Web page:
Magento ERP Integration – a Case Study

magento erp integration

Most manufacturing companies have B2B business models, and their ERP systems haven’t the ability to sell online. However, some manufacturing SMBs sell to end-users; i.e. consumers. Such companies have websites with ordering systems powered by e-commerce platforms. Quite often it is Magento, which is a powerful e-commerce platform.

Some of our manufacturing customers asked if it is possible to integrate their websites with ERP. We investigated how such integration should work and which information should be synchronized.

It turned out that the answer is not so obvious. Some manufacturers make to stock and sell high volumes. There is no need to overwhelm production planning software with lot of small customer orders. Others make big products and start production only after an order is received and prepaid, so it is not difficult to transfer the order manually, and doing so allows more optimization (grouping several orders, choosing better due dates, etc.). After many interviews with our customers, we have determined how the integration should work.

What to integrate

The initial idea was that the more data is integrated, the better it is. Actually, it turned out that a much better principle is to have the correct data in the correct place, minimizing duplication. Because of that, only sales orders from Magento are transferred to ERP. Copying customer details, though seemingly logical, was omitted, because the production department does not need to know personal details of consumers. Also, having personal details of clients in many software systems is not good because some marks and comments that have been made in one system may not be copied correctly to the other system.

The second question is which sales orders to synchronize: all or only specific ones? We consulted with our customers and have decided that only firm orders should be posted to ERP for fulfillment. Sending all orders to ERP and then canceling the ones not needed can be potentially harmful. First, it may happen that some orders were accidentally booked, manufacturing orders were created and raw materials have been ordered from vendors. In this case, it is not only necessary to cancel the customer order itself, but also the other orders and the vendors must be contacted. Secondly, sending all orders allows a fraudulent activity; somebody may create hundreds of sales orders that will flood the ERP system. Of course, these orders may be deleted, but it will disturb the business. Posting only firm orders mitigates this risk.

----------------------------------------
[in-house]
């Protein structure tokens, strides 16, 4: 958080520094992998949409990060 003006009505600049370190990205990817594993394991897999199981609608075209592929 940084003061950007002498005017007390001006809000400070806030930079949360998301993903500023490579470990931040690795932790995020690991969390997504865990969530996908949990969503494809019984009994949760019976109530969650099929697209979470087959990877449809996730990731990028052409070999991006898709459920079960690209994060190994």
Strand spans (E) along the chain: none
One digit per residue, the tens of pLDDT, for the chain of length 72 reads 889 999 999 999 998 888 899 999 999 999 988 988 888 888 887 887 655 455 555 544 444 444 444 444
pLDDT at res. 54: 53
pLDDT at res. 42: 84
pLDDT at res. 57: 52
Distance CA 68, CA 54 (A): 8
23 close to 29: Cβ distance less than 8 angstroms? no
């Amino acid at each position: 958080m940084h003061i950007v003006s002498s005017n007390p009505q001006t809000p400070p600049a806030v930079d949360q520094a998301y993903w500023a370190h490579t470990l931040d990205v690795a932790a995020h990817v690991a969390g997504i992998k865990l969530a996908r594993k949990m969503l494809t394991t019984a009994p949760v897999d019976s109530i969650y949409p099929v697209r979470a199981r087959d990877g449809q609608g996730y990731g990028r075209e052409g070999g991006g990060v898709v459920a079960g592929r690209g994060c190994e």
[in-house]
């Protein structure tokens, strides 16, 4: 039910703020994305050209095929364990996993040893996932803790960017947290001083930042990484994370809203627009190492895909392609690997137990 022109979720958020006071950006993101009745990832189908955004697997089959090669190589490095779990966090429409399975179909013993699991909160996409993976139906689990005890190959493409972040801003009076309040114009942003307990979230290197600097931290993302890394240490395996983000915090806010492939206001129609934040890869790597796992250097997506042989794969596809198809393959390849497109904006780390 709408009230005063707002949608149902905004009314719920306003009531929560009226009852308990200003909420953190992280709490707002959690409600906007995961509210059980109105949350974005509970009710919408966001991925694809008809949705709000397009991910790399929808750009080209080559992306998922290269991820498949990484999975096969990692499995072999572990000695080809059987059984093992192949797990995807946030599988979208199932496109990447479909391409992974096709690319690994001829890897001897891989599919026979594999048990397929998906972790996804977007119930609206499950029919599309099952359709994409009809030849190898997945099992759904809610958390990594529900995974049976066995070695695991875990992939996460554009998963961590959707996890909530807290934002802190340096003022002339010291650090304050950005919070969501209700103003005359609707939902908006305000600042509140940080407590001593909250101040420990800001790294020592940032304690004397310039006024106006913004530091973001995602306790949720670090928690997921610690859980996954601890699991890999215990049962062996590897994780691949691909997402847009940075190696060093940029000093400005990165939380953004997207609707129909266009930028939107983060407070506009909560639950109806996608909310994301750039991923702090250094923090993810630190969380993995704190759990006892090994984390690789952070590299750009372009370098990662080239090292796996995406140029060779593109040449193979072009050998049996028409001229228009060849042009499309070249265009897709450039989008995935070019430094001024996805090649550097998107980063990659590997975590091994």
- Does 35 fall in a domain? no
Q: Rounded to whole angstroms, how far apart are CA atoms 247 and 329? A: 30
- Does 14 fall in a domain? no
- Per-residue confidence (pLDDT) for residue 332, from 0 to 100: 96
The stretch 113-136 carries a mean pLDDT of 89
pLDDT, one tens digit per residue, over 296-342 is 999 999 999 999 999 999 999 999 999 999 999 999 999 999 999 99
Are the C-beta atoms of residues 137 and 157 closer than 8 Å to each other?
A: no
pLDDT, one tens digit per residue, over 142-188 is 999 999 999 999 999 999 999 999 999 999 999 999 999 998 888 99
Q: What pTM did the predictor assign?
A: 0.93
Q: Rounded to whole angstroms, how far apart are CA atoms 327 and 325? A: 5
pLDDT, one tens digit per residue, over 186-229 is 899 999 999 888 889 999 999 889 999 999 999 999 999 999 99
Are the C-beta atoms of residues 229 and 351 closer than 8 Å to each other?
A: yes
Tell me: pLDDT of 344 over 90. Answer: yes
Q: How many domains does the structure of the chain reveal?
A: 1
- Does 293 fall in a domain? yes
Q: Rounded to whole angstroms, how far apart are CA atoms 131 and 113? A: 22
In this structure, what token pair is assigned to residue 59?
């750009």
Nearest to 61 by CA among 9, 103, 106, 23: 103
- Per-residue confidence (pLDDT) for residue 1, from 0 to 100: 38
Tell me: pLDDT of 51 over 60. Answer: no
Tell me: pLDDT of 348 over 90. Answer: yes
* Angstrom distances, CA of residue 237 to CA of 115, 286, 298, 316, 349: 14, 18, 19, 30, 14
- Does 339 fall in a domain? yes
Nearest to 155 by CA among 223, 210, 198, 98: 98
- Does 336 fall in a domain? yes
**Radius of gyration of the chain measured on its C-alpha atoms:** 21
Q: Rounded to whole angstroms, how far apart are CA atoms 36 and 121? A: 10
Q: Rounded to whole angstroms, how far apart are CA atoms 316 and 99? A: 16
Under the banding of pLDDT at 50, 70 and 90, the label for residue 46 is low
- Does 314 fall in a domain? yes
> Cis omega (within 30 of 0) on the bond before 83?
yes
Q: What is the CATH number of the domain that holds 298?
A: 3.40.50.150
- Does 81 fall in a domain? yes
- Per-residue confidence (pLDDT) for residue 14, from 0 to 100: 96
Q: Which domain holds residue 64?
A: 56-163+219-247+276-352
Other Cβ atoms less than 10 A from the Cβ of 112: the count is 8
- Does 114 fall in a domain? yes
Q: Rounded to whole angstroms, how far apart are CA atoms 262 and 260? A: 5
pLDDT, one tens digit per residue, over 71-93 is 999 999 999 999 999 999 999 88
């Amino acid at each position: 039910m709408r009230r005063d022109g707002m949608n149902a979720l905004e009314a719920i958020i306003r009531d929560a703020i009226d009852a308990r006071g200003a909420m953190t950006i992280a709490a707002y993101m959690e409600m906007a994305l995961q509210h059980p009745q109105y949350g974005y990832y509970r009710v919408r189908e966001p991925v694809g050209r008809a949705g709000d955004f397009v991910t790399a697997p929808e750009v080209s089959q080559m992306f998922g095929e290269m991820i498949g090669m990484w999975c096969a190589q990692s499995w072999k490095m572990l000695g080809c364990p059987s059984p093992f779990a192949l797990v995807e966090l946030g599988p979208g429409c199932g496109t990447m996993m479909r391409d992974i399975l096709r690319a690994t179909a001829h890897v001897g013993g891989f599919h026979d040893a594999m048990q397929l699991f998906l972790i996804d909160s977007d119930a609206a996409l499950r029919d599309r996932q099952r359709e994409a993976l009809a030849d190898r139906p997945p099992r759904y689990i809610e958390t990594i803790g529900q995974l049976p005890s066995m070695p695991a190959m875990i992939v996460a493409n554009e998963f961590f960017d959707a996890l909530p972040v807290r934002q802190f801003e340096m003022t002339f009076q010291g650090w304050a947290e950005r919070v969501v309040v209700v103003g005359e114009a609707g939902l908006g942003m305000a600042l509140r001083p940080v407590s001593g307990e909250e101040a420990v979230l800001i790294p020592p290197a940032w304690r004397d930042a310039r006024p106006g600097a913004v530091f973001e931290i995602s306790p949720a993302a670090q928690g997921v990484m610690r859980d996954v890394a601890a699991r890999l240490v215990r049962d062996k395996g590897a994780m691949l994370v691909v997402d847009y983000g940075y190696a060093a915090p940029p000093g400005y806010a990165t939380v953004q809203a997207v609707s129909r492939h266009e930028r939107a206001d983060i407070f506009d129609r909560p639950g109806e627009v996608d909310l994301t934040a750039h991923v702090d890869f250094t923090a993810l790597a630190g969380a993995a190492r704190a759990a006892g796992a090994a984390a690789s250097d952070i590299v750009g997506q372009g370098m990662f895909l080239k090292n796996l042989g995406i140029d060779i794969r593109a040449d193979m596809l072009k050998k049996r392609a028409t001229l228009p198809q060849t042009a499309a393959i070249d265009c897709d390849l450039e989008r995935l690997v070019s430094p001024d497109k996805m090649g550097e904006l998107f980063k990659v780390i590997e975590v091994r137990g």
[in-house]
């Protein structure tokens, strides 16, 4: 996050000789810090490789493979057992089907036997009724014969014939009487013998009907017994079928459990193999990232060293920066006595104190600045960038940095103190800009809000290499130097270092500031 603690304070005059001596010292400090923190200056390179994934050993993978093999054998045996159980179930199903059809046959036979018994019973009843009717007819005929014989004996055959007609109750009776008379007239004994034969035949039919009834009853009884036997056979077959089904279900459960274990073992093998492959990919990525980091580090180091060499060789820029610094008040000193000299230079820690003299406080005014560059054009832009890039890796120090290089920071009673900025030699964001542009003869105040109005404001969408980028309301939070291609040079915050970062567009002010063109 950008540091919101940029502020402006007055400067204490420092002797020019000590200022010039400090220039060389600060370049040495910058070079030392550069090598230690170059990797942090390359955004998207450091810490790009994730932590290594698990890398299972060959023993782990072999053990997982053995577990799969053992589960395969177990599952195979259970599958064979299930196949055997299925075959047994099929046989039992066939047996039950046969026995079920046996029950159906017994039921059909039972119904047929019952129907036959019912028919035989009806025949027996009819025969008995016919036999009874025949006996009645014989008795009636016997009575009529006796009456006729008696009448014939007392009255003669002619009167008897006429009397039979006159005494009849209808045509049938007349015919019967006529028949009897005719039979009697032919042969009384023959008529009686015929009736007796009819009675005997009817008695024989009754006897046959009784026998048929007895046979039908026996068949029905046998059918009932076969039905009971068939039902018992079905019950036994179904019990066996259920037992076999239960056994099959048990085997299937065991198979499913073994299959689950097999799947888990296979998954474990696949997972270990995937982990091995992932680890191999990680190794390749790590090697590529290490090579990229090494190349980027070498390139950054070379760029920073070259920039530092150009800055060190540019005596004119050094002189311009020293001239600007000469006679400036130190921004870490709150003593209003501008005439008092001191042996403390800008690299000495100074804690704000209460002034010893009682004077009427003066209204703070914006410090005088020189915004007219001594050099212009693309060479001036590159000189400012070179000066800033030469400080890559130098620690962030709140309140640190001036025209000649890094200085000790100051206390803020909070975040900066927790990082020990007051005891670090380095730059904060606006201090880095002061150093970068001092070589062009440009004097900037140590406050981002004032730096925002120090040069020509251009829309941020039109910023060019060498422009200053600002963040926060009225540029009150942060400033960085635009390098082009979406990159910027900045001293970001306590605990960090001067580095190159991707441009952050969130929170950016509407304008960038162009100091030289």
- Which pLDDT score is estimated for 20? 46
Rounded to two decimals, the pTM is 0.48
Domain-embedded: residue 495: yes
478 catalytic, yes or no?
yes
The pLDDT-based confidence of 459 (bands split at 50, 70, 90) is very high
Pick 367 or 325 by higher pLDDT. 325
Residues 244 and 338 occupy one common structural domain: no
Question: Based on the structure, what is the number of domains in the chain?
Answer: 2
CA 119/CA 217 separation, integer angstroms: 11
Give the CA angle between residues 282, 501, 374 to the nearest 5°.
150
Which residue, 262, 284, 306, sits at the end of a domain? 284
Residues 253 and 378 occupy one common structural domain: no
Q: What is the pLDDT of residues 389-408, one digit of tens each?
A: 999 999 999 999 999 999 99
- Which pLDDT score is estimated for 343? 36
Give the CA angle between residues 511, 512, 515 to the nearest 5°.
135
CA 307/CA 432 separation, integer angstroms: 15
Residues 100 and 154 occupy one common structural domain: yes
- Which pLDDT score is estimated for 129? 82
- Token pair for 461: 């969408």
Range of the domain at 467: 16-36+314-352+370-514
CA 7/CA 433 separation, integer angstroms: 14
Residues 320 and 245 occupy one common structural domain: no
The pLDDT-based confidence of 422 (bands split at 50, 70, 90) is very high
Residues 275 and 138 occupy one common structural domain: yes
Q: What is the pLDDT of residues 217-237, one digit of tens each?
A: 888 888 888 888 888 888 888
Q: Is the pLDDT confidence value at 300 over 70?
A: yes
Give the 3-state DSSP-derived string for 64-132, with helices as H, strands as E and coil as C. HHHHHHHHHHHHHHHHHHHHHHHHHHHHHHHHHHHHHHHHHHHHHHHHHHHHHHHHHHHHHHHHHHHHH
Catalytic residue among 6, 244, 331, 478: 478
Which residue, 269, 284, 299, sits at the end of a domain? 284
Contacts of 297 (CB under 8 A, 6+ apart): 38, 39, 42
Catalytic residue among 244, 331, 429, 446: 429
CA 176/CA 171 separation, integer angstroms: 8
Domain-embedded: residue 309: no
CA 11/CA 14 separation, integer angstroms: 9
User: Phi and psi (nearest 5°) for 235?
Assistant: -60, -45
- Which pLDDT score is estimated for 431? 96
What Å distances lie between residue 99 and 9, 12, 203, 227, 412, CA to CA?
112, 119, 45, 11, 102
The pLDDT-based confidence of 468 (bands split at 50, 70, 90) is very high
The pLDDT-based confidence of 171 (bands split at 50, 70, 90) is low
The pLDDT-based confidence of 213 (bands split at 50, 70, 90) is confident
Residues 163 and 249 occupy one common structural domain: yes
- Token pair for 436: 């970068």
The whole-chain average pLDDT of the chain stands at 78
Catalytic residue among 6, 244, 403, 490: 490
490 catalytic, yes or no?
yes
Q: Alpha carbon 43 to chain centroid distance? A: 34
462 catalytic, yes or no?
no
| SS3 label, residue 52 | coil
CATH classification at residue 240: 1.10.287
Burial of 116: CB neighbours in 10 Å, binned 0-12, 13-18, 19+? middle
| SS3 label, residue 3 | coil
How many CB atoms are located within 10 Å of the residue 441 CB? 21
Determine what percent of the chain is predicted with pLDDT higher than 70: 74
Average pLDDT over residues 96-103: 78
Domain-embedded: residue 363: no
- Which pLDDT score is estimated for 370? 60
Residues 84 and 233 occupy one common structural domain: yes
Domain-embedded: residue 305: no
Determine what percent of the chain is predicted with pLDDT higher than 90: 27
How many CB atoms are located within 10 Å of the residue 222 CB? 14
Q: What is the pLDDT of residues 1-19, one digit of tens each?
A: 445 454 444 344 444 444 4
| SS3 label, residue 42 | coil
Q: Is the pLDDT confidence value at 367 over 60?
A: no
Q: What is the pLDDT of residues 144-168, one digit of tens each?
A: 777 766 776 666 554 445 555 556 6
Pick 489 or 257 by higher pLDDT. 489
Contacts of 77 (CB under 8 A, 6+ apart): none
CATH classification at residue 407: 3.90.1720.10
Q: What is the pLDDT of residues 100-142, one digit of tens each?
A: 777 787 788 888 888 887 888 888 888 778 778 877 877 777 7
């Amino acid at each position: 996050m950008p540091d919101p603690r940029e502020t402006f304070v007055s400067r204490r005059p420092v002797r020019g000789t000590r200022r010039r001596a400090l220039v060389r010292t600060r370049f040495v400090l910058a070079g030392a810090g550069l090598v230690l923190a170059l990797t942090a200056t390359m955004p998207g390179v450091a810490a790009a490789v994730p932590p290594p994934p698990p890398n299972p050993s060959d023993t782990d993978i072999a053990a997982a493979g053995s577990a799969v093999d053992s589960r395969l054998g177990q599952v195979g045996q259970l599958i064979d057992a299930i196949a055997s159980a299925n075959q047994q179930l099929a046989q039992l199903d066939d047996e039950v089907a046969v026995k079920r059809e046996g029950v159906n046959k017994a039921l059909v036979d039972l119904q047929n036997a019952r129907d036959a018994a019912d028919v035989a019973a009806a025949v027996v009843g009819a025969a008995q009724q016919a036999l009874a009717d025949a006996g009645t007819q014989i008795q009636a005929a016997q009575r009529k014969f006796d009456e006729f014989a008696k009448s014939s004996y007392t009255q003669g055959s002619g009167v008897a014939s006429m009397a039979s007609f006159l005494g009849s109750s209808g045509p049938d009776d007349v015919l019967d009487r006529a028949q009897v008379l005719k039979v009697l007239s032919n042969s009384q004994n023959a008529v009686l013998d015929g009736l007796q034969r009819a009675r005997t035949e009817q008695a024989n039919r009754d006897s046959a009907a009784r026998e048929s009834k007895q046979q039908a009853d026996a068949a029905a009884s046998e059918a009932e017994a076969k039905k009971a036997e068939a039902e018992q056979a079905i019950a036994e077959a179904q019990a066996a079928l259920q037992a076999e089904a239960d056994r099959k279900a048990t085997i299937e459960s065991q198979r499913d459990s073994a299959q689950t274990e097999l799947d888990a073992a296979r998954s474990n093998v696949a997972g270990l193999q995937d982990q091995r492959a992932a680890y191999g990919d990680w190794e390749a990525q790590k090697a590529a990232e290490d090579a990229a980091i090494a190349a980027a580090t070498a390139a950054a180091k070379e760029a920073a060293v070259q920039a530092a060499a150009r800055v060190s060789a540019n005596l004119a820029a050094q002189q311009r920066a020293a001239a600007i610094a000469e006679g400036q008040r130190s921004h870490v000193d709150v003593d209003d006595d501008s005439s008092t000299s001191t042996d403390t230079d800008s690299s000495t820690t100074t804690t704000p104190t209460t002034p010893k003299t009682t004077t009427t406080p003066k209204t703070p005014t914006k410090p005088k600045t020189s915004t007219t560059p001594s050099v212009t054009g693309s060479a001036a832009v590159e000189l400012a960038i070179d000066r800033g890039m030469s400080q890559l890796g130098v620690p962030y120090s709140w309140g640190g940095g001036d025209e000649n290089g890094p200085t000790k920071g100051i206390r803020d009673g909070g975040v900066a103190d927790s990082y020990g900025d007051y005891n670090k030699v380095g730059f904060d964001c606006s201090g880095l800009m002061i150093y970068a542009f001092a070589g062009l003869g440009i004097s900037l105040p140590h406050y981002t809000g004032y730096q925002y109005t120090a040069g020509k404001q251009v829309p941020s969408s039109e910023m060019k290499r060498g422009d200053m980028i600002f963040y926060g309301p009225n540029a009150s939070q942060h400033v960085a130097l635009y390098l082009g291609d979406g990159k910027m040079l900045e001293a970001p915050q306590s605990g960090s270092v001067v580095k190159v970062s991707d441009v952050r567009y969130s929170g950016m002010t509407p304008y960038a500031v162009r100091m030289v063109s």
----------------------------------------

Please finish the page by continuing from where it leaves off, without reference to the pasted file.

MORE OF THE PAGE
How the integration should work

After understanding what to integrate, we have designed the following workflow:

  1. Confirmed sales orders from Magento (in status ‘Processing’) are posted to ERP as customer orders in status ‘Confirmed.’ The status of Magento sales orders are changed to ‘In manufacturing,’ which indicates that the order has been sent to ERP. ERP tries to book available products and adds missing products to the Critical On-hand report.
  2. When all products in ERP are available, the status or customer order in ERP, and sales orders in Magento, are changed to ‘Ready for shipment.’
  3. When all products have been shipped in Magento, a Shipment is created in ERP and products are subtracted from the stock.

This workflow is quite straight forward. It allows a smooth cooperation between sales and production departments and gives a good overview of what is happening.

There is one option that every company should choose based on sales volumes: how to post sales orders to ERP. There are three possibilities:

  1. Each sales order is posted as a separate customer order. This option is suitable for companies with few orders (~1 – 5 per day).
  2. All orders, within one hour, are posted as one customer order; each product from the sales order is posted separately (if the same item is sold in many sales orders, there will be several lines in a customer order). This approach is better for medium sales volumes (~5 – 30 orders per day). It produces less customer orders in ERP, but allows to book each product separately.
  3. All orders within one hour are posted as one customer order and products are summed up (if the same item is sold in many sales orders, there will be one line in a customer order with a total quantity). It is good for high sales volumes, as it reduces the number of separate orders and bookings in ERP.

Hopefully, this article makes it clear how to integrate e-commerce websites with ERP solutions, will save time and effort by avoiding synchronizing all data in all systems. So will be useful for integration specialists and manufacturers’ IT departments.

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